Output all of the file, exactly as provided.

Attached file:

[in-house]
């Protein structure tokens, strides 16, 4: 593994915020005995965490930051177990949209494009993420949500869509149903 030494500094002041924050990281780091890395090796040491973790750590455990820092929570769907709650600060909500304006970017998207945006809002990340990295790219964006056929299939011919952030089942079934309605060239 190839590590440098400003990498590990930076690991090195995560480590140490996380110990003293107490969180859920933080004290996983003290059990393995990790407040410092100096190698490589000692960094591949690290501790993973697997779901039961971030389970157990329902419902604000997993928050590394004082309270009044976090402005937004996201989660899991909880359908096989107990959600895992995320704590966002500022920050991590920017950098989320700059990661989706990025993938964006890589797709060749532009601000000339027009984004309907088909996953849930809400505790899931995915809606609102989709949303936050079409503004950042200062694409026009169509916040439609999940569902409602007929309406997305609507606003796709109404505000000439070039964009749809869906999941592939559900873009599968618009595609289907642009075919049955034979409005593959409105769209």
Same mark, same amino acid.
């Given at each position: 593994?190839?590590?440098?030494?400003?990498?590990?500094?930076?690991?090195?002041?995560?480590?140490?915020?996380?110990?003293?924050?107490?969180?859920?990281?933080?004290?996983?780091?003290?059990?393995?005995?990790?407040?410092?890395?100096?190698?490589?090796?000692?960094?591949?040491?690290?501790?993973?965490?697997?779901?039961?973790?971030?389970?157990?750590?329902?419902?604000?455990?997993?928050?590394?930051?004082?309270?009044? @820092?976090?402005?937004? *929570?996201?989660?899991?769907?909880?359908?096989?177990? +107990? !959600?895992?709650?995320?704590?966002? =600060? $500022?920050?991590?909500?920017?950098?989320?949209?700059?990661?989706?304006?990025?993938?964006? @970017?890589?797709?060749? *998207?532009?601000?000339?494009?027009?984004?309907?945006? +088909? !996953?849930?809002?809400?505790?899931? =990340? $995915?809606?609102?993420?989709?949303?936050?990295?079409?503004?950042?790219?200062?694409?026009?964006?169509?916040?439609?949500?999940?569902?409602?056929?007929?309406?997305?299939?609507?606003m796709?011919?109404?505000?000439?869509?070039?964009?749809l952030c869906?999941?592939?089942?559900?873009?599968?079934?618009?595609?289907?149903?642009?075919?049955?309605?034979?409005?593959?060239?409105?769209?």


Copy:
[in-house]
């Protein structure tokens, strides 16, 4: 593994915020005995965490930051177990949209494009993420949500869509149903 030494500094002041924050990281780091890395090796040491973790750590455990820092929570769907709650600060909500304006970017998207945006809002990340990295790219964006056929299939011919952030089942079934309605060239 190839590590440098400003990498590990930076690991090195995560480590140490996380110990003293107490969180859920933080004290996983003290059990393995990790407040410092100096190698490589000692960094591949690290501790993973697997779901039961971030389970157990329902419902604000997993928050590394004082309270009044976090402005937004996201989660899991909880359908096989107990959600895992995320704590966002500022920050991590920017950098989320700059990661989706990025993938964006890589797709060749532009601000000339027009984004309907088909996953849930809400505790899931995915809606609102989709949303936050079409503004950042200062694409026009169509916040439609999940569902409602007929309406997305609507606003796709109404505000000439070039964009749809869906999941592939559900873009599968618009595609289907642009075919049955034979409005593959409105769209």
Same mark, same amino acid.
């Given at each position: 593994?190839?590590?440098?030494?400003?990498?590990?500094?930076?690991?090195?002041?995560?480590?140490?915020?996380?110990?003293?924050?107490?969180?859920?990281?933080?004290?996983?780091?003290?059990?393995?005995?990790?407040?410092?890395?100096?190698?490589?090796?000692?960094?591949?040491?690290?501790?993973?965490?697997?779901?039961?973790?971030?389970?157990?750590?329902?419902?604000?455990?997993?928050?590394?930051?004082?309270?009044? @820092?976090?402005?937004? *929570?996201?989660?899991?769907?909880?359908?096989?177990? +107990? !959600?895992?709650?995320?704590?966002? =600060? $500022?920050?991590?909500?920017?950098?989320?949209?700059?990661?989706?304006?990025?993938?964006? @970017?890589?797709?060749? *998207?532009?601000?000339?494009?027009?984004?309907?945006? +088909? !996953?849930?809002?809400?505790?899931? =990340? $995915?809606?609102?993420?989709?949303?936050?990295?079409?503004?950042?790219?200062?694409?026009?964006?169509?916040?439609?949500?999940?569902?409602?056929?007929?309406?997305?299939?609507?606003m796709?011919?109404?505000?000439?869509?070039?964009?749809l952030c869906?999941?592939?089942?559900?873009?599968?079934?618009?595609?289907?149903?642009?075919?049955?309605?034979?409005?593959?060239?409105?769209?």